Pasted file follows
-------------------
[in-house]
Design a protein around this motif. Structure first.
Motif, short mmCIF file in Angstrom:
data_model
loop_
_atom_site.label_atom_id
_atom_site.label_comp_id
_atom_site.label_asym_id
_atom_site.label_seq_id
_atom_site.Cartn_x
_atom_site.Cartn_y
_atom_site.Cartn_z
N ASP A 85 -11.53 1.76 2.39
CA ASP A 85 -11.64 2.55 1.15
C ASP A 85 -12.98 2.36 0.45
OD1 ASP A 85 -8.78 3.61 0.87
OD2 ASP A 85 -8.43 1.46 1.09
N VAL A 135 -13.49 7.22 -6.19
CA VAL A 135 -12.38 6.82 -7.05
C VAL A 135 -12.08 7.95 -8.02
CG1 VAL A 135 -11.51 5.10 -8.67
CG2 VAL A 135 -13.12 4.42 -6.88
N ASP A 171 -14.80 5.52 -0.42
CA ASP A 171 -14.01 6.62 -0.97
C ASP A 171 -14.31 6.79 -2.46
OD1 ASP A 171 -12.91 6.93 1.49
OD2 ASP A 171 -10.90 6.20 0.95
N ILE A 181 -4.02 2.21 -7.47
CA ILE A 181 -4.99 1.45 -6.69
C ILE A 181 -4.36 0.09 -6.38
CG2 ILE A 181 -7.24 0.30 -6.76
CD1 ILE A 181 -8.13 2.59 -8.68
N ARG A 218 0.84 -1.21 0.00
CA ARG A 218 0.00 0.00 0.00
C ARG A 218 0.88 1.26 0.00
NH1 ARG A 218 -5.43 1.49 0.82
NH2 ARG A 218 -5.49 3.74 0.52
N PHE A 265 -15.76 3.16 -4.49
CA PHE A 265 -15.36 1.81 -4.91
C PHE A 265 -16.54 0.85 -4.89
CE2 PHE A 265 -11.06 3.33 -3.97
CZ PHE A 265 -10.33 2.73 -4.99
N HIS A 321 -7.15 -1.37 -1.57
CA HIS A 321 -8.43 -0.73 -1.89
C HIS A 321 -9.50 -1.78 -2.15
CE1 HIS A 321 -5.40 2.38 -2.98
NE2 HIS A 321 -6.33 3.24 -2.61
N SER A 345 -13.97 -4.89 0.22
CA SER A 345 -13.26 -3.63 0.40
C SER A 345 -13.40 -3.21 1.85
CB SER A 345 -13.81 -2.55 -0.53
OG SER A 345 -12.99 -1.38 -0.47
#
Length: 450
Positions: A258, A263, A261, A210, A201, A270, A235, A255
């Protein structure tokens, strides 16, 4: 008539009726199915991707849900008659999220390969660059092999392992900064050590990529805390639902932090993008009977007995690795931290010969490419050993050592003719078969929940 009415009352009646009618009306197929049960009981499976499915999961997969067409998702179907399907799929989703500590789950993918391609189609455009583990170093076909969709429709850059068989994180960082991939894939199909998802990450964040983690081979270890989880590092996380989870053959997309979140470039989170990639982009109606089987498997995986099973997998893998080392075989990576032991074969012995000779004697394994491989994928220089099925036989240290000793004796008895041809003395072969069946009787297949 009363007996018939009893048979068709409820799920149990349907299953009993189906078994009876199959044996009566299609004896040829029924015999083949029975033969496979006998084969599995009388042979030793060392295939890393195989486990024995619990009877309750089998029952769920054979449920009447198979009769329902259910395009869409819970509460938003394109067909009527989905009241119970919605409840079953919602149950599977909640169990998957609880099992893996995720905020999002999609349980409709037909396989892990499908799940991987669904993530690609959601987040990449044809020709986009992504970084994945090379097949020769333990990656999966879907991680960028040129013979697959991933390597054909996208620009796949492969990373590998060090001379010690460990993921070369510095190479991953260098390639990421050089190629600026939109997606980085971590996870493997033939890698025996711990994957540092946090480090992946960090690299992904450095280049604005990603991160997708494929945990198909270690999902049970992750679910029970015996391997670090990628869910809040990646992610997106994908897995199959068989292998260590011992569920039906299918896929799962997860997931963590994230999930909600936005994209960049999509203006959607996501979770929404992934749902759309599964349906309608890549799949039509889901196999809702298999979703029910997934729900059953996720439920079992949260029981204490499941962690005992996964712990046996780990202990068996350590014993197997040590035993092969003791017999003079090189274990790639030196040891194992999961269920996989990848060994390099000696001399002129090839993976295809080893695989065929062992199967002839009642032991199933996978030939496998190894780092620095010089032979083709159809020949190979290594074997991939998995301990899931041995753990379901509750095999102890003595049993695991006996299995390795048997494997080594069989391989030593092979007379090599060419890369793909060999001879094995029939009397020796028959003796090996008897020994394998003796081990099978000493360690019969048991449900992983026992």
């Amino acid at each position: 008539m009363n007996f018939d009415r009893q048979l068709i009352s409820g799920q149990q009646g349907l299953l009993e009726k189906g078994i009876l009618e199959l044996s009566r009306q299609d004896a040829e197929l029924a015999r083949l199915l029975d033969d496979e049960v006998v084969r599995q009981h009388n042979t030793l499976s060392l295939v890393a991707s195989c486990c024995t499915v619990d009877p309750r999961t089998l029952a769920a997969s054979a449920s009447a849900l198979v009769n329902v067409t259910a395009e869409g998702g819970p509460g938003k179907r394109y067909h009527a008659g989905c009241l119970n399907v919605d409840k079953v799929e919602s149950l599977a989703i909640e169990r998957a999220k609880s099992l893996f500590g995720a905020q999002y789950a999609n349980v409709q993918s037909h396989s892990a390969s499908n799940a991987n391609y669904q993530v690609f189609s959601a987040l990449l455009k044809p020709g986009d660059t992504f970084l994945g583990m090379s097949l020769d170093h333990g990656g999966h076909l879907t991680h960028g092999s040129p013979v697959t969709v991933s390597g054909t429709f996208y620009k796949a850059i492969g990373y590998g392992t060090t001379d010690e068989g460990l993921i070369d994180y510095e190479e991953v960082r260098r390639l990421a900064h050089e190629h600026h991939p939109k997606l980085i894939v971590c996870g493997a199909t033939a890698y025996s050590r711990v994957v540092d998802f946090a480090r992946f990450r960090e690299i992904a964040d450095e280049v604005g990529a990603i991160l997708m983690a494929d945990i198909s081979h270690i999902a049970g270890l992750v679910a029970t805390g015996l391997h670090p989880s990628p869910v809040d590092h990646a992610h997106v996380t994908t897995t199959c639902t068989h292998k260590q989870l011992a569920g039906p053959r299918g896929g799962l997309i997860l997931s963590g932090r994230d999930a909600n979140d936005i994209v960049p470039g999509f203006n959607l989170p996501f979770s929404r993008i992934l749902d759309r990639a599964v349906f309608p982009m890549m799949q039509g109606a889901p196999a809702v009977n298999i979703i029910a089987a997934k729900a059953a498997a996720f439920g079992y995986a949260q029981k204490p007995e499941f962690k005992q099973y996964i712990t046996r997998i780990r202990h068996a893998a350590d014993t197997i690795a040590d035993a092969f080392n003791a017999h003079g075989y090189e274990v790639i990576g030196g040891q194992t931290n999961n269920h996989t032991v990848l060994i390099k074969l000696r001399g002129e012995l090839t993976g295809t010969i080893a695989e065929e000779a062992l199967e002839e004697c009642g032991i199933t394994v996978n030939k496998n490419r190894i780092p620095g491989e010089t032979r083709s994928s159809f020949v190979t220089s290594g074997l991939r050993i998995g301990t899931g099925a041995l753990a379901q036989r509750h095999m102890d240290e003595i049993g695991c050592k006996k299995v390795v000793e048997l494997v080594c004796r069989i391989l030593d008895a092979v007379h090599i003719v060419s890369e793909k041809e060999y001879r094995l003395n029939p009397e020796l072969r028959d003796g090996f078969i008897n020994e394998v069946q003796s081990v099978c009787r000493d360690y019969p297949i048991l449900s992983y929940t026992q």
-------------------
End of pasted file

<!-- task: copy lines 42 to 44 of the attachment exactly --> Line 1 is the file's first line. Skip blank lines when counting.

CZ PHE A 265 -10.33 2.73 -4.99
N HIS A 321 -7.15 -1.37 -1.57
CA HIS A 321 -8.43 -0.73 -1.89